Top space facts from the Space in 30 Seconds team

Top space facts from the Space in 30 Seconds team

2nd June 2014 < Back

The team behind Space in 30 Seconds share their top 10 spectacular space facts!

1) The Universe is 13,700 million years old

2) Scientists who study the Universe believe in a theory called the Big Bang to explain how the Universe was formed. The Big Bang wasn’t an explosion. It was an unbelievably sudden expansion out of a single point.

3) The universe is still expanding! And it is speeding up all the time.

4) Within 3 seconds of the Big Bang, the three simplest elements had formed: hydrogen, helium and lithium. The earliest stars formed between 50 and 150 million years later, followed by galaxies. Around 9 billion years after the Big Bang, the Solar System and Earth were created.

5) The universe is so huge that special units of measurement are needed; these are called light years. 1 light year is 6 trillion miles away!

6) Stars are formed from huge clouds of dust and gas called nebulae. The closest nebula to Earth is 1,340 light years away (141,000,000,000,000 miles!).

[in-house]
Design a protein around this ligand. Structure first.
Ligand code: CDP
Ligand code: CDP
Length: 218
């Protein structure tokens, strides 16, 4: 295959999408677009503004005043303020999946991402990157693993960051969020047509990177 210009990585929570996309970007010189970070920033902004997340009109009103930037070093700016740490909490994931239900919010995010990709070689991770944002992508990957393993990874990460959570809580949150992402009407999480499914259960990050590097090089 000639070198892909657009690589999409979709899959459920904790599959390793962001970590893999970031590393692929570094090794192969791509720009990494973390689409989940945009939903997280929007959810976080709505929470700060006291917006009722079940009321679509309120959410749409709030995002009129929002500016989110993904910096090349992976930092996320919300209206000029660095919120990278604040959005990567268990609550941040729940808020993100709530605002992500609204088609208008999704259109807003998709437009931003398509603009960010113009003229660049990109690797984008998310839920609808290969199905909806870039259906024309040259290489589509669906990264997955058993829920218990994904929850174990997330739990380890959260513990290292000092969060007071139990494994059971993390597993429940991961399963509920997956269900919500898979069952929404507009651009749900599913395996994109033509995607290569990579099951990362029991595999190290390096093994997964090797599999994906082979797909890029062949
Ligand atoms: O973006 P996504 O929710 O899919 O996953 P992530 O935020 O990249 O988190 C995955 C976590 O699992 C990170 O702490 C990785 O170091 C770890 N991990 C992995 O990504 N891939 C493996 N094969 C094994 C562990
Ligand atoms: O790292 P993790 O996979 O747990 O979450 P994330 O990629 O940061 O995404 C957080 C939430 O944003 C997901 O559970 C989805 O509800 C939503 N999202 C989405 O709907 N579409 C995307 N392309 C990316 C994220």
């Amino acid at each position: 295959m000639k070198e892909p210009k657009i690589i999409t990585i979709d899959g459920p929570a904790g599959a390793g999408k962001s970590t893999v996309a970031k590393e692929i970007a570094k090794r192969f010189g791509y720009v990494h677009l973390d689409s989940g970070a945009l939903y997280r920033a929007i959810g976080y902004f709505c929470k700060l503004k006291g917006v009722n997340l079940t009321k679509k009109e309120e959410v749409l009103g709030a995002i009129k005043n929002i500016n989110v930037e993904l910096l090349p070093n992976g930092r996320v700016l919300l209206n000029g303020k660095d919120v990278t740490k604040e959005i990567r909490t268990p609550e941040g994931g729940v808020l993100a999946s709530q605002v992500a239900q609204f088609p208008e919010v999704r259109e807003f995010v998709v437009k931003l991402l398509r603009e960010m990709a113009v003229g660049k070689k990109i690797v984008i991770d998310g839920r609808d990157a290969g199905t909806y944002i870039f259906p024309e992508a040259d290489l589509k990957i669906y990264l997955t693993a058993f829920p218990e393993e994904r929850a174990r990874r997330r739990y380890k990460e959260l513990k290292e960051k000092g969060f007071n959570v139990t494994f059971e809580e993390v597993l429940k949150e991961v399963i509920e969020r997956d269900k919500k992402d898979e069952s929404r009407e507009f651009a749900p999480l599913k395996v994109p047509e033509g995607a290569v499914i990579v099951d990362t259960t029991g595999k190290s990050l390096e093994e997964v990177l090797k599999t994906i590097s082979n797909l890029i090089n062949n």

7) Stars vary in size, temperature and how bright they appear from Earth. The Sun is a pretty average-sized star. Some are smaller; others are far larger. Betelgeuse (betel-jooz), in the Orion constellation, is a gigantic star. If Betelgeuse replaced our Sun, its outer surface would extend out as far as the orbit of Jupiter!

8) Mercury is the closest planet to the Sun and is the smallest planet in our Solar System. Mercury’s orbit around the Sun takes just 88 Earth days to complete so its year is a quarter of the length of Earth’s.

9) Earth lies an average of 149,597,870.7 km (92,955,807 miles) from the Sun. Surrounding the planet, and protecting it from many of the Sun’s harmful rays, is the Earth’s atmosphere. The atmosphere keeps Earth’s surface warm and enables life to function.

10) To view space from Earth we use a telescope sent out into space but the image can take many millions or billions of years to travel from distant stars and galaxies to Earth. This means that the view we get of a distant object is a history lesson. It shows the object as it was millions or billions of years earlier.